The advancements of magnetic resonance imaging contrast agents (MRCAs) are continuously driven by the critical needs for early detection and diagnosis of diseases, especially for cancer, because MRCAs improve diagnostic accuracy significantly. Although hydrophilic gadolinium (III) (Gd3+) complex-based MRCAs have achieved great success in clinical practice, the Gd3+-complexes have several inherent drawbacks including Gd3+ leakage and short blood circulation time, resulting in the potential long-term toxicity and narrow imaging time window, respectively. Nanotechnology offers the possibility for the development of nontoxic MRCAs with an enhanced sensitivity and advanced functionalities, such as magnetic resonance imaging (MRI)-guided synergistic therapy. Herein, we provide an overview of recent successes in the development of renal clearable MRCAs, especially nanodots (NDs, also known as ultrasmall nanoparticles (NPs)) by unique advantages such as high relaxivity, long blood circulation time, good biosafety, and multiple functionalities. It is hoped that this review can provide relatively comprehensive information on the construction of novel MRCAs with promising clinical translation. Full article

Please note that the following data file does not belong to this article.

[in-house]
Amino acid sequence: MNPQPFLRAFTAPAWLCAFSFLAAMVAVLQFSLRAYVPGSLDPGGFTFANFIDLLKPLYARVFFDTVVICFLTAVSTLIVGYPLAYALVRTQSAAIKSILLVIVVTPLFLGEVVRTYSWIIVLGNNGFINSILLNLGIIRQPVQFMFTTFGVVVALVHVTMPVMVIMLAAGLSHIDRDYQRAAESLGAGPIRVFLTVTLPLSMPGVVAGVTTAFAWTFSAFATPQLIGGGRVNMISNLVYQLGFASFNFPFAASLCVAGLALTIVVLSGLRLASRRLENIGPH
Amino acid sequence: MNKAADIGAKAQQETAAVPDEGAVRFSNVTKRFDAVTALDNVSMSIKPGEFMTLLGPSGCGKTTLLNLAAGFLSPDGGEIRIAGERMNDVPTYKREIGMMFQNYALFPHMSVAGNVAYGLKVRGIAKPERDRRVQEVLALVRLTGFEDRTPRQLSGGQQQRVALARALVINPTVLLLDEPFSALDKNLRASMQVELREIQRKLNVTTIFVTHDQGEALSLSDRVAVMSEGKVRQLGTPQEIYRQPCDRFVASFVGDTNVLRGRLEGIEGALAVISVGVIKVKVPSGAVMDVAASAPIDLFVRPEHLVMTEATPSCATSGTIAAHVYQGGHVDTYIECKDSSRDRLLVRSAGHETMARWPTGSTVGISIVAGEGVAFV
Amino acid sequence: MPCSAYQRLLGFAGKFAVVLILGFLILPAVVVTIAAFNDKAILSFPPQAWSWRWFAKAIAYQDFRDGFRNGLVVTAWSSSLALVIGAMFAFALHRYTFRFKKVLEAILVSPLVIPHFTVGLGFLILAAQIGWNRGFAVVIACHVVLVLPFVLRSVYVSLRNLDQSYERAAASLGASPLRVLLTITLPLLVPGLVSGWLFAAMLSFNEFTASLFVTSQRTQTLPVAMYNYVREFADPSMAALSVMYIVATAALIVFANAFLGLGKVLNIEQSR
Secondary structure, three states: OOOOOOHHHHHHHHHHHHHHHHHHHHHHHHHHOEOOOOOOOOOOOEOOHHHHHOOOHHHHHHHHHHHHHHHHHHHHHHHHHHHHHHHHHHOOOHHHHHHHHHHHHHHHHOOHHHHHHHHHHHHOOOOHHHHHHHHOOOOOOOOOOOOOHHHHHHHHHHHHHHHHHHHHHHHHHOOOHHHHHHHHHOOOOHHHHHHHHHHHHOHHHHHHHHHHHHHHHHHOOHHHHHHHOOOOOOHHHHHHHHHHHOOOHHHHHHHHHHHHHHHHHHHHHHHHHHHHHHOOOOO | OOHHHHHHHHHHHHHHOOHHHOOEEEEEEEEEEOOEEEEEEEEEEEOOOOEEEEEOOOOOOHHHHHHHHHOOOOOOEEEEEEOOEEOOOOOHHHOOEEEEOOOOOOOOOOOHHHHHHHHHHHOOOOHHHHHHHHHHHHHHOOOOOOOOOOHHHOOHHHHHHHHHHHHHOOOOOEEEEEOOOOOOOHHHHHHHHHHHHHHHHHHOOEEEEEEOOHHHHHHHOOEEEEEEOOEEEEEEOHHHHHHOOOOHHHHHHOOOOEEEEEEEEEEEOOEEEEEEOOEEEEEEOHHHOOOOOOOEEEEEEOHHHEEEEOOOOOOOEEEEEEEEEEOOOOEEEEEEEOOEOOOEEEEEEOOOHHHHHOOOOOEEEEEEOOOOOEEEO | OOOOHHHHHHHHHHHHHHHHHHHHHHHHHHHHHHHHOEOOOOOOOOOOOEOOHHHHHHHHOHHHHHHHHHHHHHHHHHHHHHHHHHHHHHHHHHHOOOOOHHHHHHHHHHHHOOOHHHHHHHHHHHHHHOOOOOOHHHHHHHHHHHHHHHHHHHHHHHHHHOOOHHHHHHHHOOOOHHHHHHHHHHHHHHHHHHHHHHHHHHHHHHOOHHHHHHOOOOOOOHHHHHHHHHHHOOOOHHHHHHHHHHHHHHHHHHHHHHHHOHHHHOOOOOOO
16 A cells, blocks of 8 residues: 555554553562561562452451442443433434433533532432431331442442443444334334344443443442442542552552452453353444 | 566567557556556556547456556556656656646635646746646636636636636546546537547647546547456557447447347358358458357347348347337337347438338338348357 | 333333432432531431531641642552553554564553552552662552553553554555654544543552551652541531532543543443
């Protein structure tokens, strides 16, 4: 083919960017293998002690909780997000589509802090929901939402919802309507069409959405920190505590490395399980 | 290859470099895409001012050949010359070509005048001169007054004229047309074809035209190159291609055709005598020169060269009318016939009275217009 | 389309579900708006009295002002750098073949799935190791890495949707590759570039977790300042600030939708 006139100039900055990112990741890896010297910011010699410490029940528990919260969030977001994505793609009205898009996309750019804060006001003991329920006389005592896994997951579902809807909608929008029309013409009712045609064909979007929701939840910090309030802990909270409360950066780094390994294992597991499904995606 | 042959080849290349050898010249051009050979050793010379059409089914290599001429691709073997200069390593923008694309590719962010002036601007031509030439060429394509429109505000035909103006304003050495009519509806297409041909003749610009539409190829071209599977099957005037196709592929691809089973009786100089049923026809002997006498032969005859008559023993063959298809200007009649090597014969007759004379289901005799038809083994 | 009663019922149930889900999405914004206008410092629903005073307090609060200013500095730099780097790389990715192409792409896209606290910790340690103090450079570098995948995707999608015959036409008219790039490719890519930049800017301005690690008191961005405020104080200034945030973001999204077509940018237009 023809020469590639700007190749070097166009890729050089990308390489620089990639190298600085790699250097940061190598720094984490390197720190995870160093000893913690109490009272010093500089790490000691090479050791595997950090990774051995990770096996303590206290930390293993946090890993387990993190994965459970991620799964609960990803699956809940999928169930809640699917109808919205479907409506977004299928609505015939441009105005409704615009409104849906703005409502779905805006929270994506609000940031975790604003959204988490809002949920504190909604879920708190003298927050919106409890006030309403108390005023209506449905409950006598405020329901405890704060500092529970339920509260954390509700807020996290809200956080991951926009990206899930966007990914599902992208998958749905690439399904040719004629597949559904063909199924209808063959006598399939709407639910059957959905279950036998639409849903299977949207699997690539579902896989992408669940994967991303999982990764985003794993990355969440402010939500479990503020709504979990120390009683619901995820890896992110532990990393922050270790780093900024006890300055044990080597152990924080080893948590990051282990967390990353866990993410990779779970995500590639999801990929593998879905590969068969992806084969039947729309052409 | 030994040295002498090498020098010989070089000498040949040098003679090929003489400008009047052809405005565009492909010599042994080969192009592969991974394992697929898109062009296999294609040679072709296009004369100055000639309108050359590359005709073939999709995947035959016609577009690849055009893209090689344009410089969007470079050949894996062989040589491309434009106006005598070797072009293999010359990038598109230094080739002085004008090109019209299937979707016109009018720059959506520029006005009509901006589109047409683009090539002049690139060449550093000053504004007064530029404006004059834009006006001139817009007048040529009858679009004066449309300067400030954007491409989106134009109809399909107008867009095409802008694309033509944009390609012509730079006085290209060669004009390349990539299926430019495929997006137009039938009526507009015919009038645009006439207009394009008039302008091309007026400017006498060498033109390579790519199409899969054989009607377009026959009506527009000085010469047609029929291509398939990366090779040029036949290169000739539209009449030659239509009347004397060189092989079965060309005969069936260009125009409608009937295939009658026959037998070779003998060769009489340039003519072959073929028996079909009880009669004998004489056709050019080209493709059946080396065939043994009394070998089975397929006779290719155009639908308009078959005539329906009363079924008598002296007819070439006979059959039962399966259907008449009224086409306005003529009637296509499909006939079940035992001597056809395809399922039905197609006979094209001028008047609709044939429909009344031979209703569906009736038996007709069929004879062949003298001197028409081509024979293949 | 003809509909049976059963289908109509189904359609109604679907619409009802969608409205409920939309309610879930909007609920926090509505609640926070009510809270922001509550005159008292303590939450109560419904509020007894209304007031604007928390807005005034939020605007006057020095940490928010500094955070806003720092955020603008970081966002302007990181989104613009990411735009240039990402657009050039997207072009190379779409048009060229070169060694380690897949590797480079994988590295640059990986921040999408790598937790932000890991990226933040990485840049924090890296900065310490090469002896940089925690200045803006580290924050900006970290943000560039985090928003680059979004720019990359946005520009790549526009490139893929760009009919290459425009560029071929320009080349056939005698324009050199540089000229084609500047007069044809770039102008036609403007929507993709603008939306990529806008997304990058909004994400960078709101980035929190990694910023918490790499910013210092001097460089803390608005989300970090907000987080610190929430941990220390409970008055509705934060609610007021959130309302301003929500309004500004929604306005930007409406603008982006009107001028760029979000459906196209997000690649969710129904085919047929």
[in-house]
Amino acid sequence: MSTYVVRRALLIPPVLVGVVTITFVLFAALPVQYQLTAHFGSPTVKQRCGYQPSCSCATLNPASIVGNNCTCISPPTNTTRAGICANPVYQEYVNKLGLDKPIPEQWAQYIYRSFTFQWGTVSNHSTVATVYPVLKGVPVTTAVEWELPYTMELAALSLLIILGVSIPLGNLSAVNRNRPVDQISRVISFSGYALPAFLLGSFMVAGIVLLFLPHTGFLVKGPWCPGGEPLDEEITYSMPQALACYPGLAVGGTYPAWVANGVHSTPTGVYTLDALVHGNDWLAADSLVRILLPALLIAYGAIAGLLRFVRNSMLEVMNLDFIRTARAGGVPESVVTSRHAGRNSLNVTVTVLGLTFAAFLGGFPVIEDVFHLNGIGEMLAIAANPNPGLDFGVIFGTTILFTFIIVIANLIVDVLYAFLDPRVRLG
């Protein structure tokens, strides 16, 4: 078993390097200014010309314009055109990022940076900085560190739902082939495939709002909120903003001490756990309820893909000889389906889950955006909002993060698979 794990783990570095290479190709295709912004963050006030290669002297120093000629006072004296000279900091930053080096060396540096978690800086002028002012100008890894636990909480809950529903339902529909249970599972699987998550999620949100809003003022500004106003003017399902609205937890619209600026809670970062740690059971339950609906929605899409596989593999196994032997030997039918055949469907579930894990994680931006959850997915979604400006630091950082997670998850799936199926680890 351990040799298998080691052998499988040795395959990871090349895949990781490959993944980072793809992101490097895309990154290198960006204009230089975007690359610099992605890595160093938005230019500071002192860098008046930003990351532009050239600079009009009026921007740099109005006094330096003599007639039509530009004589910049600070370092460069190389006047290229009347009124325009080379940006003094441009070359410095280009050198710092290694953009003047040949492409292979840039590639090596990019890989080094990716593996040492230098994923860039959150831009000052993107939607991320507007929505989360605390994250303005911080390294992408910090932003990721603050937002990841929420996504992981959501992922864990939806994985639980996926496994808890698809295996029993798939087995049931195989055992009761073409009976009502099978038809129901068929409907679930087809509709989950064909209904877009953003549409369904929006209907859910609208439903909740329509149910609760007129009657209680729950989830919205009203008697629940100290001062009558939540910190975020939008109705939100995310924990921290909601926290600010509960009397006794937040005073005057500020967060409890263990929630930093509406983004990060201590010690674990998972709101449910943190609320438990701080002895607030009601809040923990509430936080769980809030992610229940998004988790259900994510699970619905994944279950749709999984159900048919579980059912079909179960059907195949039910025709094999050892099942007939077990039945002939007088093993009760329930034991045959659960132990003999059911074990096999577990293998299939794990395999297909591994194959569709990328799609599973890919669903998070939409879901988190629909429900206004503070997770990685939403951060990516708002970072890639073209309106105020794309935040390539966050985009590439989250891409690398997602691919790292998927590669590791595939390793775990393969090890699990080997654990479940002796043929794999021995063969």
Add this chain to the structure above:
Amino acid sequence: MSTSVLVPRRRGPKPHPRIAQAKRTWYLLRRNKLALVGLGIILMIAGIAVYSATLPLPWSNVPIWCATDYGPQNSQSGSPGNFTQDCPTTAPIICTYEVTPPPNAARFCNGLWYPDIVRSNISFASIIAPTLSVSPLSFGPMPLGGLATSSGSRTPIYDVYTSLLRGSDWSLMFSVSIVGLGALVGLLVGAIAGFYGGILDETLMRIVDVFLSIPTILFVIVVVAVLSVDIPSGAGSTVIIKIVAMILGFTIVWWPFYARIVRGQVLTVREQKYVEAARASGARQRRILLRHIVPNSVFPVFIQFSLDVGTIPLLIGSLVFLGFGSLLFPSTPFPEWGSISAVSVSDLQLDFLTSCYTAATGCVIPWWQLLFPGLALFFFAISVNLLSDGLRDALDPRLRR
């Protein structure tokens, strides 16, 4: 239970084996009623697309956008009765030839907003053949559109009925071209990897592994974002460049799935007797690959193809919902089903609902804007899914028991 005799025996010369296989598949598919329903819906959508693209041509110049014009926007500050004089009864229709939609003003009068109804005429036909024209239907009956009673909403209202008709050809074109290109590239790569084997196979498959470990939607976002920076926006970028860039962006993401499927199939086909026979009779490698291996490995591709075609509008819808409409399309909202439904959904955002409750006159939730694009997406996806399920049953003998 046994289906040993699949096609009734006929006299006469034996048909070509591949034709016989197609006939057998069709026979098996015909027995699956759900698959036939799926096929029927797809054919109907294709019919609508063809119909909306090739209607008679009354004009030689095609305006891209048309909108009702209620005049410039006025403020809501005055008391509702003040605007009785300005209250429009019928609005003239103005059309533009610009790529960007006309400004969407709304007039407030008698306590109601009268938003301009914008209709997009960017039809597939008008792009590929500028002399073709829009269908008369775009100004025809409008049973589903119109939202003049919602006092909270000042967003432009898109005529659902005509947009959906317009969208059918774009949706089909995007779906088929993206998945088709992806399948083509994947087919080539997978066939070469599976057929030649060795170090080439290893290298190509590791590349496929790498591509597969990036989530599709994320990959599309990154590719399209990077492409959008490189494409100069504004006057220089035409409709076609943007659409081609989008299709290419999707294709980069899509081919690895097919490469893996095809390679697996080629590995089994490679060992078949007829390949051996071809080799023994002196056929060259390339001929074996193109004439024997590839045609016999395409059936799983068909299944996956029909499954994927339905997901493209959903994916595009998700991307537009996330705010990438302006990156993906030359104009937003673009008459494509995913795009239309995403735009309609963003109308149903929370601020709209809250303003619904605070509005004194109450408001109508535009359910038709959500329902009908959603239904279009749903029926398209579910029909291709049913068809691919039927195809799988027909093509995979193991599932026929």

(This article belongs to the Special Issue Advances in NMR and MRI of Materials)